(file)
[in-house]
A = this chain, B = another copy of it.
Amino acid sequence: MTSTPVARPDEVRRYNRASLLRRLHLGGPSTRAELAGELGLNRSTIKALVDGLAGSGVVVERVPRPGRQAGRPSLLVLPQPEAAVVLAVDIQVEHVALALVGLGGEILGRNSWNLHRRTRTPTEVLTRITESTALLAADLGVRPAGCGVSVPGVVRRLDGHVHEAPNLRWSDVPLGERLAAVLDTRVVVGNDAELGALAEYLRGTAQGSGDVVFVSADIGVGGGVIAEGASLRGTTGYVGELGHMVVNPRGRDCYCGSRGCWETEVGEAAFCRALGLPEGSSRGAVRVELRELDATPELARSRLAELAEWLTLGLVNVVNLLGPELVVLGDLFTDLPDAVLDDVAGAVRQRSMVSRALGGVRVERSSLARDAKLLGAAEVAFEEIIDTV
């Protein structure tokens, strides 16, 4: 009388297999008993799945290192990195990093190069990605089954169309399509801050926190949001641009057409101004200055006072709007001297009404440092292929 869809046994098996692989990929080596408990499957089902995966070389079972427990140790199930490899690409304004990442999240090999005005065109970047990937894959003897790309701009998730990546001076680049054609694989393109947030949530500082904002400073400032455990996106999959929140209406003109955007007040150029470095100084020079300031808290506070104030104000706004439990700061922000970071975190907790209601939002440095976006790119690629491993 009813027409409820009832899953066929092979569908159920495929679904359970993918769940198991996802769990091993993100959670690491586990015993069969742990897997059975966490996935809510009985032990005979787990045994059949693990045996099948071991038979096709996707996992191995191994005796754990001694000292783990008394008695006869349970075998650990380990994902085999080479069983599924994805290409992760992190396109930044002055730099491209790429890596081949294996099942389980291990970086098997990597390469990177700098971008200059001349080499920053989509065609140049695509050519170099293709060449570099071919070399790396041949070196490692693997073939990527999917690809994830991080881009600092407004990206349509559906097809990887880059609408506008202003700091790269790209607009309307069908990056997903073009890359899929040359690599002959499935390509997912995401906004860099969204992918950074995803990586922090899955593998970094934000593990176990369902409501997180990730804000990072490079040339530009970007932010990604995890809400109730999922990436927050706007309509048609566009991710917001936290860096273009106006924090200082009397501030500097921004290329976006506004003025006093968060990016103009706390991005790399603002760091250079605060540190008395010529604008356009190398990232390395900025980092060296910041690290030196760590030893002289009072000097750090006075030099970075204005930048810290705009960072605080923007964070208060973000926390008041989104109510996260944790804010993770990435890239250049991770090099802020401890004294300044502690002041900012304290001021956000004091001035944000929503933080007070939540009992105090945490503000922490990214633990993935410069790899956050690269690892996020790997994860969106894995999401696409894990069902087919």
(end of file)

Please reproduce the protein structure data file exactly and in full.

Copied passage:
[in-house]
A = this chain, B = another copy of it.
Amino acid sequence: MTSTPVARPDEVRRYNRASLLRRLHLGGPSTRAELAGELGLNRSTIKALVDGLAGSGVVVERVPRPGRQAGRPSLLVLPQPEAAVVLAVDIQVEHVALALVGLGGEILGRNSWNLHRRTRTPTEVLTRITESTALLAADLGVRPAGCGVSVPGVVRRLDGHVHEAPNLRWSDVPLGERLAAVLDTRVVVGNDAELGALAEYLRGTAQGSGDVVFVSADIGVGGGVIAEGASLRGTTGYVGELGHMVVNPRGRDCYCGSRGCWETEVGEAAFCRALGLPEGSSRGAVRVELRELDATPELARSRLAELAEWLTLGLVNVVNLLGPELVVLGDLFTDLPDAVLDDVAGAVRQRSMVSRALGGVRVERSSLARDAKLLGAAEVAFEEIIDTV
């Protein structure tokens, strides 16, 4: 009388297999008993799945290192990195990093190069990605089954169309399509801050926190949001641009057409101004200055006072709007001297009404440092292929 869809046994098996692989990929080596408990499957089902995966070389079972427990140790199930490899690409304004990442999240090999005005065109970047990937894959003897790309701009998730990546001076680049054609694989393109947030949530500082904002400073400032455990996106999959929140209406003109955007007040150029470095100084020079300031808290506070104030104000706004439990700061922000970071975190907790209601939002440095976006790119690629491993 009813027409409820009832899953066929092979569908159920495929679904359970993918769940198991996802769990091993993100959670690491586990015993069969742990897997059975966490996935809510009985032990005979787990045994059949693990045996099948071991038979096709996707996992191995191994005796754990001694000292783990008394008695006869349970075998650990380990994902085999080479069983599924994805290409992760992190396109930044002055730099491209790429890596081949294996099942389980291990970086098997990597390469990177700098971008200059001349080499920053989509065609140049695509050519170099293709060449570099071919070399790396041949070196490692693997073939990527999917690809994830991080881009600092407004990206349509559906097809990887880059609408506008202003700091790269790209607009309307069908990056997903073009890359899929040359690599002959499935390509997912995401906004860099969204992918950074995803990586922090899955593998970094934000593990176990369902409501997180990730804000990072490079040339530009970007932010990604995890809400109730999922990436927050706007309509048609566009991710917001936290860096273009106006924090200082009397501030500097921004290329976006506004003025006093968060990016103009706390991005790399603002760091250079605060540190008395010529604008356009190398990232390395900025980092060296910041690290030196760590030893002289009072000097750090006075030099970075204005930048810290705009960072605080923007964070208060973000926390008041989104109510996260944790804010993770990435890239250049991770090099802020401890004294300044502690002041900012304290001021956000004091001035944000929503933080007070939540009992105090945490503000922490990214633990993935410069790899956050690269690892996020790997994860969106894995999401696409894990069902087919």